The Europe 2020 strategy aims to boost ’smart, inclusive and sustainable growth’ by improving employment; making a smarter use of energy; tackling climate change; investing in education and research; and fighting poverty. On an annual basis, all EU Member States (MS) are obliged to report to the EU on progress made on these goals in their National NRPs.

For a third consecutive year, Eurochild assessed these NRPs from a child rights point of view in order to evaluate:

  • MS priorities on child poverty and well-being;
  • MS actions to mitigate the impact of the economic crisis and austerity measures on the child population;
  • stakeholders’ involvement in MS’ NRPs development;
  • as 2013 is the year when the European Commission issued “Recommendation on child poverty and well-being” (Investing in children: breaking the cycle of disadvantage), the report was to analyse an extent to which these recommendations were taken into account in this year’s national policy reforms.

- Based on the analysis, Eurochild recommends to:

  • "Make child well-being a political priority, by setting concrete targets to reduce child poverty;
  • before introducing further cuts, assess what impact this will have on children,
  • make (better) use of EU money like the Structural Funds to combat child poverty,
  • include children’s organisations on national, regional and local level in preparing and reporting on policies,
  • integrate the European Commission Recommendation ‘Investing in children’ in their reform planning."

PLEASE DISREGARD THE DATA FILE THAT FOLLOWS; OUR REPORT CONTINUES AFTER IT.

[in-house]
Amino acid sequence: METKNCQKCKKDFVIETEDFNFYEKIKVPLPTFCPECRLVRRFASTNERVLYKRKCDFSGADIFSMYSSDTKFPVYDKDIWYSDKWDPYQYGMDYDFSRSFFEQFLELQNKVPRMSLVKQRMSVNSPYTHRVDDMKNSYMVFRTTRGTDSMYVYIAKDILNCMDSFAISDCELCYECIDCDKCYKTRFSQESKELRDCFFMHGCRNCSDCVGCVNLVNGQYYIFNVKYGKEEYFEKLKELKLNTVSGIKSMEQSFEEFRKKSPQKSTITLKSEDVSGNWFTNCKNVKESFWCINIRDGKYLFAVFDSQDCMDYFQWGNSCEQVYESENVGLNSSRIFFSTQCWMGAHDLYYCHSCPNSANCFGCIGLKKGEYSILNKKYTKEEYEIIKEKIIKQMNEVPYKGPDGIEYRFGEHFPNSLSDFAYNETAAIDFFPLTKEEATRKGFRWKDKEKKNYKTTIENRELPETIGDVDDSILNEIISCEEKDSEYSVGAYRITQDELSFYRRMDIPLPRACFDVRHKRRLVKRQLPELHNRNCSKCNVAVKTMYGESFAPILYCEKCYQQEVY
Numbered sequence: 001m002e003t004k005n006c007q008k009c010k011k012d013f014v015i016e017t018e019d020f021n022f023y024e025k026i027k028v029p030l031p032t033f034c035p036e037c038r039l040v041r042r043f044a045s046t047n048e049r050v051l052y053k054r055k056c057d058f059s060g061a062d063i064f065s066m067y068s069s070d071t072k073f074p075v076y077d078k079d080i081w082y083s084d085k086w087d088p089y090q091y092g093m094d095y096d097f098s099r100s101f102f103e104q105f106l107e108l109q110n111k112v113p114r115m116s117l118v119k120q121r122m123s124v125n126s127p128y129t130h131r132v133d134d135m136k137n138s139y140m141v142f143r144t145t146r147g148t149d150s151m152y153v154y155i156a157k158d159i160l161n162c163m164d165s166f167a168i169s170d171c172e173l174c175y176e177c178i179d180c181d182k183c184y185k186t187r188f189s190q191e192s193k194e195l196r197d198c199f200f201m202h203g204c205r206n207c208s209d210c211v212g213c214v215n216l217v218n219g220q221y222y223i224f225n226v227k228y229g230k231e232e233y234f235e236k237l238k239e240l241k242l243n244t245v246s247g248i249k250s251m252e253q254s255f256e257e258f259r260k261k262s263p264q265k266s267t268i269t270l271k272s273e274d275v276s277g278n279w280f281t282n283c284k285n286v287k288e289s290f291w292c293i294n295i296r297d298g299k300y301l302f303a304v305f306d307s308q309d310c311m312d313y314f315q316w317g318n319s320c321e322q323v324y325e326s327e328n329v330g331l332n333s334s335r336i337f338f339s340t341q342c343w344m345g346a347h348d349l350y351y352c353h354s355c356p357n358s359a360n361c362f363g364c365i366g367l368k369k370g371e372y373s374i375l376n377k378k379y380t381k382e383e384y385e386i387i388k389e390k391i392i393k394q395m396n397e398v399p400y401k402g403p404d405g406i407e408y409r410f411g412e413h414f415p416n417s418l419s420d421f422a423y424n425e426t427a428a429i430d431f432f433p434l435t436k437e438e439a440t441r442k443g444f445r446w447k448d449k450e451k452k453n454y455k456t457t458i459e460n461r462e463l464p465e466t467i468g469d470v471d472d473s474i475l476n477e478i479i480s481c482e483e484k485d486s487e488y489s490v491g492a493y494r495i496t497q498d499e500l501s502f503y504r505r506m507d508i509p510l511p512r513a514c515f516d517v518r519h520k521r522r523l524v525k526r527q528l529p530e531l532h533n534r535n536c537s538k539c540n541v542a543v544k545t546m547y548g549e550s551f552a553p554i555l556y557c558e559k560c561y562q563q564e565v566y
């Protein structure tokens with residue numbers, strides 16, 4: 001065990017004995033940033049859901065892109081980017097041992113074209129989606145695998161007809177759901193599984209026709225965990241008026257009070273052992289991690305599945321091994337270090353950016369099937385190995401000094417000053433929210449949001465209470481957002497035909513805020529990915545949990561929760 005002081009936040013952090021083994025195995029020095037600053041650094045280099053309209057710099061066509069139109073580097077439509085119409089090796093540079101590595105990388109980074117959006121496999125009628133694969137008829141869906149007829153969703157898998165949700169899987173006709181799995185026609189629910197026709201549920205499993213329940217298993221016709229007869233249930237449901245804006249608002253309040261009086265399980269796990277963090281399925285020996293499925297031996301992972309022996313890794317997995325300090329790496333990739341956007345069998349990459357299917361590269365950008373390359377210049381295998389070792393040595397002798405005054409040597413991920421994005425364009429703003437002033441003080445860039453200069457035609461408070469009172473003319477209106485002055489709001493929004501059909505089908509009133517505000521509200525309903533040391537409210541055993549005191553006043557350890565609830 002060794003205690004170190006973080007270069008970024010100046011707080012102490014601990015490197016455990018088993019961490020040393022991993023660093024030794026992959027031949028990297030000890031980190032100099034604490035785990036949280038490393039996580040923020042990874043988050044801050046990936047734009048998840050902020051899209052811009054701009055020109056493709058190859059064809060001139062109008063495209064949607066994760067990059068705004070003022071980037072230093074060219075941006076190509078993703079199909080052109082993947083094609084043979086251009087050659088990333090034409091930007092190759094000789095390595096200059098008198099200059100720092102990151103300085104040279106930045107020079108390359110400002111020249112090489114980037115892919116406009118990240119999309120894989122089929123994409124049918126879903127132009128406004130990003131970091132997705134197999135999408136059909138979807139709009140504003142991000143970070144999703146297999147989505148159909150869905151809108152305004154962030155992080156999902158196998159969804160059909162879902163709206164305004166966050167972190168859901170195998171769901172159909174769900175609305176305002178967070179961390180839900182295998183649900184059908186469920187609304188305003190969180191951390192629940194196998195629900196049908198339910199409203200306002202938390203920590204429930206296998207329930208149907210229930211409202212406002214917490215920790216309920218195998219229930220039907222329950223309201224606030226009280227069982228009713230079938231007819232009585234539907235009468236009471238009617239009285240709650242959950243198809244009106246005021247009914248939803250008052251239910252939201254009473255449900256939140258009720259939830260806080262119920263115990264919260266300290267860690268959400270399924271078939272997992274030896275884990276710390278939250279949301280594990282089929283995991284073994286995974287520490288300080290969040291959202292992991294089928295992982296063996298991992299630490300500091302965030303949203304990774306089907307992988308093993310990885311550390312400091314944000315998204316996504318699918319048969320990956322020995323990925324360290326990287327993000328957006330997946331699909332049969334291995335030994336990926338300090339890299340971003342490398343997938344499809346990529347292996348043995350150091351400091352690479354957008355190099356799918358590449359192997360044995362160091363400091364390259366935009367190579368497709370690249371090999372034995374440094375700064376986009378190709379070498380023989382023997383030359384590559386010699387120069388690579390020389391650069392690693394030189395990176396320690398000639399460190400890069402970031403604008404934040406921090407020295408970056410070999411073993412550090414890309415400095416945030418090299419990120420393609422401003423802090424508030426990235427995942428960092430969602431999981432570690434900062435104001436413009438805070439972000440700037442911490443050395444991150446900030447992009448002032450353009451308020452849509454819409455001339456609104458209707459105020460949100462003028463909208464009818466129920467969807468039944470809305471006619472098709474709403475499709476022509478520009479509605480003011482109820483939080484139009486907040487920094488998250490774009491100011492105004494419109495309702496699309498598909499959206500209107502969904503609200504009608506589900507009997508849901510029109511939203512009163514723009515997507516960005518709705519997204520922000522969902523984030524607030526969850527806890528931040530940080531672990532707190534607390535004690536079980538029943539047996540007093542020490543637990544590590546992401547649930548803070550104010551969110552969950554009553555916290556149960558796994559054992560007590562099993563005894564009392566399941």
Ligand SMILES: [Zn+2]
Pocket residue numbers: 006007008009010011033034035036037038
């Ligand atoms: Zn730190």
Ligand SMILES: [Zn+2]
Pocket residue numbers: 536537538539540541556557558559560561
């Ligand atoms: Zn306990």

The above article is based on the information obtained from Eurochild’s article.


EPHA’s perspective


Although not directly involved in the analysis of the NRPs, EPHA evaluated the Country Specific Recommendations (CRSs) (which are based on the NRPs received from MS) issued by the European Commission, from a public health perspective notably.

From a public health point of view, several of the recommendations, both in the Annual Growth Survey (AGS) and in the CSRs, have the potential to ensure cost-effectiveness whilst simultaneously increasing quality of care.

Member States have received recommendations to improve cost-effectiveness of healthcare systems, shift from institutional to home care, improve access to primary care, provide coverage to disadvantaged groups, and place greater emphasis on prevention and independent living.

To see to which degree the CRSs address the child population and the Roma community, please visit this EPHA-dedicated article on the analysis of the Country Specific Recommendations. In a nutshell, a handful of the EU MS (Austria, Bulgaria, Hungary, Romania, Estonia, Poland, UK, or Spain) received very concrete recommendations for their health and social systems’ reforms to:

  • "improve access to inclusive education for disadvantaged children, in particularly for Roma" (Bulgaria)
  • "reduce poverty, particularly among children and the Roma" (Hungary)
  • "focus on better access to quality early childhood education, including for Roma children", "speed up the transition from institutional to alternative care for children deprived of parental care" (Romania)
  • "improve delivery of social services, including childcare" (Estonia)
  • "invest in affordable quality childcare and pre-school education" (Poland)
  • "accelerate the implementation of planned measures to reduce the costs of childcare; improving its quality and availability" (UK)
  • "increase cost-effectiveness of the healthcare sector, while maintaining accessibility for vulnerable groups" (Spain)

A question remains, however, to what degree these will be fully able to address vast and growing health and social inequalities faced by children, the Roma and other vulnerable groups living in the EU. Despite a decrease in infant mortality as demonstrated in the recent European Commission’s report, the progress achieved is unequal and greatly characterised by the social gradient in its distribution.


EPHA related articles:

- [EPHA Analysis] The 2013 (European Commission’s) Country Specific Recommendations

- [Pre-announcement] What are European countries doing to prevent intentional injuries to children?

Last modified on September 12 2013.